BOOST progress

April 2019

After 16 months, the BOOST project is making progress. While these past months have been challenging and have required a lot of hard work, they have also been fun. More importantly, every step has only confirmed the importance and relevance of this project.

We have now completed the formative study in WP1, and have started WP2, which is the development of the BOOST approach. The formative study, which consists of a literature review, policy review and qualitative interviews, has given us an important foundation to further the development of the BOOST approach.

In short, the formative study highlights the following key aspects that should be considered when developing an approach to working with social and emotional learning (SEL) in primary schools:

  • Legislative documents and the basic curriculum in all three countries emphasize the need for school activities to increase students’ social and emotional competence and to include them in the daily teaching processes and learning. However, these documents lack clear obligations and guidelines for schools.
  • Many schools work with one or several SEL programmes. These are often perceived to be time and resource consuming and lack flexibility.
  • SEL programmes should be more preventative and promotive, rather than solely focused on problem solving. Schools today tend to work more reactively when problems occur, however, all research points to the importance of working proactively.
  • SEL programmes should include the WHOLE school, including teachers, administration, leaders, maintenance, after-school staff, school nurses, etc. This is essential to create a SEL-friendly environment.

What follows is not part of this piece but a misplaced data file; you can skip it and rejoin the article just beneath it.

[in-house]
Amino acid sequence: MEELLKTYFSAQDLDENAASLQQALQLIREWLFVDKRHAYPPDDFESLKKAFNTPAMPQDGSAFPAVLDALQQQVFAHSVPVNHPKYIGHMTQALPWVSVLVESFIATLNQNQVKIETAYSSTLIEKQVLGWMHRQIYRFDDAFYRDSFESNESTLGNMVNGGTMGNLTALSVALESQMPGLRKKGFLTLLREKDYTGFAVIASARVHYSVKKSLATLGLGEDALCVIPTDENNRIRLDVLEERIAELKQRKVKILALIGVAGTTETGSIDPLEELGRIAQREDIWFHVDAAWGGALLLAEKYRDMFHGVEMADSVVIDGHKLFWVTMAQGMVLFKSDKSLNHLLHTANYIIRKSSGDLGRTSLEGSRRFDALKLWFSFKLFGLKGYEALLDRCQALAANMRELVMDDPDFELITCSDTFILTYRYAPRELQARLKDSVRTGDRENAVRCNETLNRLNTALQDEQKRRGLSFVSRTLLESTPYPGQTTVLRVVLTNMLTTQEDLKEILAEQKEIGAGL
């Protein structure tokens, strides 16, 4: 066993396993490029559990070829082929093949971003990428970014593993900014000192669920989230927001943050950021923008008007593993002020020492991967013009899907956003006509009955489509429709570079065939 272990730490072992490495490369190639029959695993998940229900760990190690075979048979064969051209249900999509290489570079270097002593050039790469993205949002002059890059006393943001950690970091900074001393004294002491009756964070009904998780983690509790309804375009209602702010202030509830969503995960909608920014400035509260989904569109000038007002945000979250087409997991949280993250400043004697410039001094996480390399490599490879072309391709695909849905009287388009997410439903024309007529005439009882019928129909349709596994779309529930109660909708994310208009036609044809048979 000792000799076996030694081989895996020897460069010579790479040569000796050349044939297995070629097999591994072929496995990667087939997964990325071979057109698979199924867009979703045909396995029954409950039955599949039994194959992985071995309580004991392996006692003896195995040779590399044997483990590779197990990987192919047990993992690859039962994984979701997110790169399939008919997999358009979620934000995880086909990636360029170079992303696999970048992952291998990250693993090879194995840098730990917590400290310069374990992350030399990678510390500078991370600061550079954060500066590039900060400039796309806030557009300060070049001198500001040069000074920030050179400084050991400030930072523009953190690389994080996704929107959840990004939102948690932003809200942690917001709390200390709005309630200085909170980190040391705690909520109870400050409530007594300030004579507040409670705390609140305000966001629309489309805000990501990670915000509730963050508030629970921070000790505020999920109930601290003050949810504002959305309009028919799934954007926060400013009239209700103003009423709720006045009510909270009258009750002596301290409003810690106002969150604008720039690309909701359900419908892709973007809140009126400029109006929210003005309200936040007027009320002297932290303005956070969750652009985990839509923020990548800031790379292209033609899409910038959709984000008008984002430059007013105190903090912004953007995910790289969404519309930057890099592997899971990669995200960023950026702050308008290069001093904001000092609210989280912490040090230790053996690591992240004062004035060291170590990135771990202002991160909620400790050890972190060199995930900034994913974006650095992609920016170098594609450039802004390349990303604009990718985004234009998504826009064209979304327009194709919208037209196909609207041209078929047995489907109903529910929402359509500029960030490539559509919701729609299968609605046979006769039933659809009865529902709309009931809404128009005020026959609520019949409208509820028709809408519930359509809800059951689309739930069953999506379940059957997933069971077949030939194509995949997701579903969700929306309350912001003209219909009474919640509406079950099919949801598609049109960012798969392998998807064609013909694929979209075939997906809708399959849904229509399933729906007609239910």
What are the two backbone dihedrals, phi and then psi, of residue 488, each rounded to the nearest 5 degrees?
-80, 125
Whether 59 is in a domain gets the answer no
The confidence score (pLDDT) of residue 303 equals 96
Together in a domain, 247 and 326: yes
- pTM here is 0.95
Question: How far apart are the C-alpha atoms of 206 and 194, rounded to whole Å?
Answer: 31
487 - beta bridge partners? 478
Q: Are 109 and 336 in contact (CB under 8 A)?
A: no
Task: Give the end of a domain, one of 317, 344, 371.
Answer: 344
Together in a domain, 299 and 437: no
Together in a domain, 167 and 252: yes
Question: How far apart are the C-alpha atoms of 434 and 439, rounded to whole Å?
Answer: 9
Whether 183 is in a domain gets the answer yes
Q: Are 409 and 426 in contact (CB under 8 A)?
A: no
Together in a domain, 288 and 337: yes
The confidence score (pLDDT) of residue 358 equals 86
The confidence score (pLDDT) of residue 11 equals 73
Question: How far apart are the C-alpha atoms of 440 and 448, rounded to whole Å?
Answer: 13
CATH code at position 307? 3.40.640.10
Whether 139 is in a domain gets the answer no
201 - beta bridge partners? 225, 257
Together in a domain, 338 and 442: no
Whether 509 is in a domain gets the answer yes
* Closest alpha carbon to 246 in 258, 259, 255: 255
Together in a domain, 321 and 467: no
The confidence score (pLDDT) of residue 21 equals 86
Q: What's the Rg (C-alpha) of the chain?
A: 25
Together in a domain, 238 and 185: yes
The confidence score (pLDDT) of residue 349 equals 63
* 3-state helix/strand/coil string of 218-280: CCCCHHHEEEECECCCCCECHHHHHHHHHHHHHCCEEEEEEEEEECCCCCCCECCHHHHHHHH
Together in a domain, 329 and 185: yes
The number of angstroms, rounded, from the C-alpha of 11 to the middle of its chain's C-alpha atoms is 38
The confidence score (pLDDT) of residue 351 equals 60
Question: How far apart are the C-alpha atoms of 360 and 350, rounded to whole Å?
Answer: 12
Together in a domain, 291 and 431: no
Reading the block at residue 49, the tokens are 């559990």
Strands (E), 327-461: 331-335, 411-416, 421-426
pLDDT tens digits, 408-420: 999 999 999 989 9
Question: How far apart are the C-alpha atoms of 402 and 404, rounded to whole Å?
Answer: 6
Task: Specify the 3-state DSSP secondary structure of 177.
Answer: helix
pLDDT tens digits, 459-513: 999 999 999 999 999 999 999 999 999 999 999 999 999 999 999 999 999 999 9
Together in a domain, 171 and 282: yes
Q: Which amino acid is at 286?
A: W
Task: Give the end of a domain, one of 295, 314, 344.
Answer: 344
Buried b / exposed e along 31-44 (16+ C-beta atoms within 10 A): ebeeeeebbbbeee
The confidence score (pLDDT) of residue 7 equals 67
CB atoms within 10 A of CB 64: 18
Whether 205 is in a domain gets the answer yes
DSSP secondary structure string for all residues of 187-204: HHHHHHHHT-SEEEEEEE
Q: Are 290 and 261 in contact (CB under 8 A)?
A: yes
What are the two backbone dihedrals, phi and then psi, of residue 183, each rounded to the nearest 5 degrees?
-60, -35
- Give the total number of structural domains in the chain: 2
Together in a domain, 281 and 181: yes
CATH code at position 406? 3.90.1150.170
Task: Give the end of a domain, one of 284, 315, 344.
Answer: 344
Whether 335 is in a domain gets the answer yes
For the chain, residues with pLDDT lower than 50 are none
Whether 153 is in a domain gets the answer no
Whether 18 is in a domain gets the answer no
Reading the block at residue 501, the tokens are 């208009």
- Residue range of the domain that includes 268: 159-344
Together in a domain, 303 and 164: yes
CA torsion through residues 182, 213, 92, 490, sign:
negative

• Teachers’ education is mainly focused on academic topics and lacks a comprehensive SEL training.
  • Schools are measured primarily on academic achievement and, therefore, schools prioritize this over SEL achievements.
  • SEL programmes should be flexible and adaptale to the resources and needs of each school.
  • The home-school relationship is demanding; teachers feel they lack competence and tools on how to best handle this relationship.
  • Strategies to handle and control children’s use of modern technology (gaming/social media/internet) are lacking.

With the findings from WP1 in place, we have now started working on the development of the BOOST approach. A very rough draft has been developed and will be presented to the project’s advisory board in Poznan 7-8 May 2019. This is part of the consultation process in WP2, which includes feedback from the advisory board, as well as from teachers and other school staff in Norway, Poland and Spain.

A full draft of the BOOST approach will be implemented in a total of 9 schools in the three countries in the autumn of 2019.